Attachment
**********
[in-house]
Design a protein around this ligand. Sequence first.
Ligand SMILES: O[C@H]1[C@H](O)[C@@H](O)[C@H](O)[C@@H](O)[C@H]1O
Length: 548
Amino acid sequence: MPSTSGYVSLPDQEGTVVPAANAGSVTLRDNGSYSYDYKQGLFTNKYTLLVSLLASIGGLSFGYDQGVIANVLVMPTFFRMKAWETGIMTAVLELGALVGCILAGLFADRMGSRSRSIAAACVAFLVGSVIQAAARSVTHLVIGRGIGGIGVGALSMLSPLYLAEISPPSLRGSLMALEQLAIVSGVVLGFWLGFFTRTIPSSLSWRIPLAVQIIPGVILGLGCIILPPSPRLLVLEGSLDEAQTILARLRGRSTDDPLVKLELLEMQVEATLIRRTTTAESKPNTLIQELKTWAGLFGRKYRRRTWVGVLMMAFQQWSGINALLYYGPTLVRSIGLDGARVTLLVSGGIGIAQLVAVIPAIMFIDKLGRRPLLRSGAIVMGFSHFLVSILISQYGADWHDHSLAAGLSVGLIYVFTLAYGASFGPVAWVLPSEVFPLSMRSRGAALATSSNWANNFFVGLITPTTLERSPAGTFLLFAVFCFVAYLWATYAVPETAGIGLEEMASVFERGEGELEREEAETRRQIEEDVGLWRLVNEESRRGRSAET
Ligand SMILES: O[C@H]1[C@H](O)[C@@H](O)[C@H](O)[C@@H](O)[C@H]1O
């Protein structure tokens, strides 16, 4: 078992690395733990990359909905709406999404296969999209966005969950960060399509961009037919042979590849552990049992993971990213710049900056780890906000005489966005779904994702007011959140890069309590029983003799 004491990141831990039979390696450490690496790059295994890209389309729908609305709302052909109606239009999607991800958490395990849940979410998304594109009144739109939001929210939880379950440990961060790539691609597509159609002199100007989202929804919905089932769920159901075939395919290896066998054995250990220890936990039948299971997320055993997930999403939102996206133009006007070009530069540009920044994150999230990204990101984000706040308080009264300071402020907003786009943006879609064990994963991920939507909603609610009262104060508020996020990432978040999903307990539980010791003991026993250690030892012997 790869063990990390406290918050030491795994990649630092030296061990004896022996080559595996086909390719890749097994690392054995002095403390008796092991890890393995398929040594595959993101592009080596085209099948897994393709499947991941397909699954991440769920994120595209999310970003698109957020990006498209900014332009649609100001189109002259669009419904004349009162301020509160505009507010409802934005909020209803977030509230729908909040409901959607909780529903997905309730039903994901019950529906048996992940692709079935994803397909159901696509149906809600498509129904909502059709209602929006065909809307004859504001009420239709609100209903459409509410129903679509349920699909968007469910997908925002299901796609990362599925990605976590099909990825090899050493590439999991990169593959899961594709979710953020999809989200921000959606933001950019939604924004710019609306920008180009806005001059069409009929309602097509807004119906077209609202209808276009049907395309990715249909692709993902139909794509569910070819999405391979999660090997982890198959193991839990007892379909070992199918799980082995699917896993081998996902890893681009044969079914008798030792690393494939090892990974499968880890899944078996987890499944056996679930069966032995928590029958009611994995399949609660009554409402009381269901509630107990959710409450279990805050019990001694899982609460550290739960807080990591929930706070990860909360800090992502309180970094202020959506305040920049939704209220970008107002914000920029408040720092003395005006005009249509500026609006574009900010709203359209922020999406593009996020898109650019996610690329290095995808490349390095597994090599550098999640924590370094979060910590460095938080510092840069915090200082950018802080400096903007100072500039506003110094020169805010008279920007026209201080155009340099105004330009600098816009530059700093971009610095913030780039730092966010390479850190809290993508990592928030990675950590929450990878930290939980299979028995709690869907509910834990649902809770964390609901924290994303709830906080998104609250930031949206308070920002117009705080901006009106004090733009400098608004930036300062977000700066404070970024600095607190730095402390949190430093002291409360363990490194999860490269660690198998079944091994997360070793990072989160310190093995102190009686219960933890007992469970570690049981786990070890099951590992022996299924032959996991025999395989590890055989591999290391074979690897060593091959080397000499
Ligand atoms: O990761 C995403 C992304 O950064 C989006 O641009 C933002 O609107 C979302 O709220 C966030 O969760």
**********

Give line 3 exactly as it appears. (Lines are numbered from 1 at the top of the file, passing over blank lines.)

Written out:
Ligand SMILES: O[C@H]1[C@H](O)[C@@H](O)[C@H](O)[C@@H](O)[C@H]1O